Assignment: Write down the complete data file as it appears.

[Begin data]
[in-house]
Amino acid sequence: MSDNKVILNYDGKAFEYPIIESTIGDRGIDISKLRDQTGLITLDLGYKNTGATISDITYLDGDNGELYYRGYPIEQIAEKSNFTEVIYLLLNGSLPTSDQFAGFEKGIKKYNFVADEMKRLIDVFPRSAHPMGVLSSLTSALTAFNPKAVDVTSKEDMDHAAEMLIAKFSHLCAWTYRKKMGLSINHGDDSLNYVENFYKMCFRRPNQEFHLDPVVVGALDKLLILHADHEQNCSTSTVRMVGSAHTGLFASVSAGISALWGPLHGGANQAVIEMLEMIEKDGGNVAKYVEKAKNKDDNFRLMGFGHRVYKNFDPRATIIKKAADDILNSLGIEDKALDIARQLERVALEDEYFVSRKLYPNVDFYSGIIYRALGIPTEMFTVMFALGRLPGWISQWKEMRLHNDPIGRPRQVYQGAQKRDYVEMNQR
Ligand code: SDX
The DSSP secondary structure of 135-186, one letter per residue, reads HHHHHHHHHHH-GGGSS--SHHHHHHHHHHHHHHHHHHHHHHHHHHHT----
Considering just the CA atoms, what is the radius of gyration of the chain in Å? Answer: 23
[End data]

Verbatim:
[in-house]
Amino acid sequence: MSDNKVILNYDGKAFEYPIIESTIGDRGIDISKLRDQTGLITLDLGYKNTGATISDITYLDGDNGELYYRGYPIEQIAEKSNFTEVIYLLLNGSLPTSDQFAGFEKGIKKYNFVADEMKRLIDVFPRSAHPMGVLSSLTSALTAFNPKAVDVTSKEDMDHAAEMLIAKFSHLCAWTYRKKMGLSINHGDDSLNYVENFYKMCFRRPNQEFHLDPVVVGALDKLLILHADHEQNCSTSTVRMVGSAHTGLFASVSAGISALWGPLHGGANQAVIEMLEMIEKDGGNVAKYVEKAKNKDDNFRLMGFGHRVYKNFDPRATIIKKAADDILNSLGIEDKALDIARQLERVALEDEYFVSRKLYPNVDFYSGIIYRALGIPTEMFTVMFALGRLPGWISQWKEMRLHNDPIGRPRQVYQGAQKRDYVEMNQR
Ligand code: SDX
The DSSP secondary structure of 135-186, one letter per residue, reads HHHHHHHHHHH-GGGSS--SHHHHHHHHHHHHHHHHHHHHHHHHHHHT----
Considering just the CA atoms, what is the radius of gyration of the chain in Å? Answer: 23